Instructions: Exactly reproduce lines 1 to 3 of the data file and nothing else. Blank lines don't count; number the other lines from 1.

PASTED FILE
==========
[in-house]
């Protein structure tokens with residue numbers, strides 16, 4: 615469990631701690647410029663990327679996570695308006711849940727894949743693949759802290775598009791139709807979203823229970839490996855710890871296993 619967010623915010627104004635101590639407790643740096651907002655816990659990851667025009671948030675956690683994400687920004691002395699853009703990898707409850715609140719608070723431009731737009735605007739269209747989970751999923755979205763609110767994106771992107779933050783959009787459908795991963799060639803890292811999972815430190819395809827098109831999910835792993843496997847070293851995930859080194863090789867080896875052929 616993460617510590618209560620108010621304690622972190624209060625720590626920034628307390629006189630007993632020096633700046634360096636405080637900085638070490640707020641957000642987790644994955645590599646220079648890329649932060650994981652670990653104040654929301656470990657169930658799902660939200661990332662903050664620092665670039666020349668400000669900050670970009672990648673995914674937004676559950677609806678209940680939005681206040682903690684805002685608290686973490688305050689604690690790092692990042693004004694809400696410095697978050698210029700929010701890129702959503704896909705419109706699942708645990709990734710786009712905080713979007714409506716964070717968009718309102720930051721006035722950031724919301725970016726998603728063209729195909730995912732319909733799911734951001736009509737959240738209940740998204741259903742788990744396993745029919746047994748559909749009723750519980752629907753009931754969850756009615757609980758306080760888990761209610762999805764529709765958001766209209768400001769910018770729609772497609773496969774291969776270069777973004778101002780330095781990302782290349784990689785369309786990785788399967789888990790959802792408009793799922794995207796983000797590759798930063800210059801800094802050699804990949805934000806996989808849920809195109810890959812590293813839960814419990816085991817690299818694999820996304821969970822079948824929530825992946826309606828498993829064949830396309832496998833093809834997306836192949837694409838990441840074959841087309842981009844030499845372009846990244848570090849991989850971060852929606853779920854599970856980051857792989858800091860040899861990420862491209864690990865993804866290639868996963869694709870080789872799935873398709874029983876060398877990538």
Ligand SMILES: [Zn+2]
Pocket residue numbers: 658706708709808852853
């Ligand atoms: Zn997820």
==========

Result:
[in-house]
């Protein structure tokens with residue numbers, strides 16, 4: 615469990631701690647410029663990327679996570695308006711849940727894949743693949759802290775598009791139709807979203823229970839490996855710890871296993 619967010623915010627104004635101590639407790643740096651907002655816990659990851667025009671948030675956690683994400687920004691002395699853009703990898707409850715609140719608070723431009731737009735605007739269209747989970751999923755979205763609110767994106771992107779933050783959009787459908795991963799060639803890292811999972815430190819395809827098109831999910835792993843496997847070293851995930859080194863090789867080896875052929 616993460617510590618209560620108010621304690622972190624209060625720590626920034628307390629006189630007993632020096633700046634360096636405080637900085638070490640707020641957000642987790644994955645590599646220079648890329649932060650994981652670990653104040654929301656470990657169930658799902660939200661990332662903050664620092665670039666020349668400000669900050670970009672990648673995914674937004676559950677609806678209940680939005681206040682903690684805002685608290686973490688305050689604690690790092692990042693004004694809400696410095697978050698210029700929010701890129702959503704896909705419109706699942708645990709990734710786009712905080713979007714409506716964070717968009718309102720930051721006035722950031724919301725970016726998603728063209729195909730995912732319909733799911734951001736009509737959240738209940740998204741259903742788990744396993745029919746047994748559909749009723750519980752629907753009931754969850756009615757609980758306080760888990761209610762999805764529709765958001766209209768400001769910018770729609772497609773496969774291969776270069777973004778101002780330095781990302782290349784990689785369309786990785788399967789888990790959802792408009793799922794995207796983000797590759798930063800210059801800094802050699804990949805934000806996989808849920809195109810890959812590293813839960814419990816085991817690299818694999820996304821969970822079948824929530825992946826309606828498993829064949830396309832496998833093809834997306836192949837694409838990441840074959841087309842981009844030499845372009846990244848570090849991989850971060852929606853779920854599970856980051857792989858800091860040899861990420862491209864690990865993804866290639868996963869694709870080789872799935873398709874029983876060398877990538």
Ligand SMILES: [Zn+2]